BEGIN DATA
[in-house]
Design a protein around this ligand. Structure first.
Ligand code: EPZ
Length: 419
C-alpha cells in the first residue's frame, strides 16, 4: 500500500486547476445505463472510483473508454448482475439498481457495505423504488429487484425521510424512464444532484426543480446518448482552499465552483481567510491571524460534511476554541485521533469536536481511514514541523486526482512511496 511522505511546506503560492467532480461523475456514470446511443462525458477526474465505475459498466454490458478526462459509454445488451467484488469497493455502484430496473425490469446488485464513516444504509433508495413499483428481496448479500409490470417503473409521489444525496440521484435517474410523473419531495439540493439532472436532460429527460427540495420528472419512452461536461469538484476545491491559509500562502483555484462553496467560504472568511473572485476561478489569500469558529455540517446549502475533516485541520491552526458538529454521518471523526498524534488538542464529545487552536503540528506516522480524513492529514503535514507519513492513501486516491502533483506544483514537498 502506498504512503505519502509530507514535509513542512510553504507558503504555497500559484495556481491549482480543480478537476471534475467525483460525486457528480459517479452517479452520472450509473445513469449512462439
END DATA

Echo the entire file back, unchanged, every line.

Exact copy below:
[in-house]
Design a protein around this ligand. Structure first.
Ligand code: EPZ
Length: 419
C-alpha cells in the first residue's frame, strides 16, 4: 500500500486547476445505463472510483473508454448482475439498481457495505423504488429487484425521510424512464444532484426543480446518448482552499465552483481567510491571524460534511476554541485521533469536536481511514514541523486526482512511496 511522505511546506503560492467532480461523475456514470446511443462525458477526474465505475459498466454490458478526462459509454445488451467484488469497493455502484430496473425490469446488485464513516444504509433508495413499483428481496448479500409490470417503473409521489444525496440521484435517474410523473419531495439540493439532472436532460429527460427540495420528472419512452461536461469538484476545491491559509500562502483555484462553496467560504472568511473572485476561478489569500469558529455540517446549502475533516485541520491552526458538529454521518471523526498524534488538542464529545487552536503540528506516522480524513492529514503535514507519513492513501486516491502533483506544483514537498 502506498504512503505519502509530507514535509513542512510553504507558503504555497500559484495556481491549482480543480478537476471534475467525483460525486457528480459517479452517479452520472450509473445513469449512462439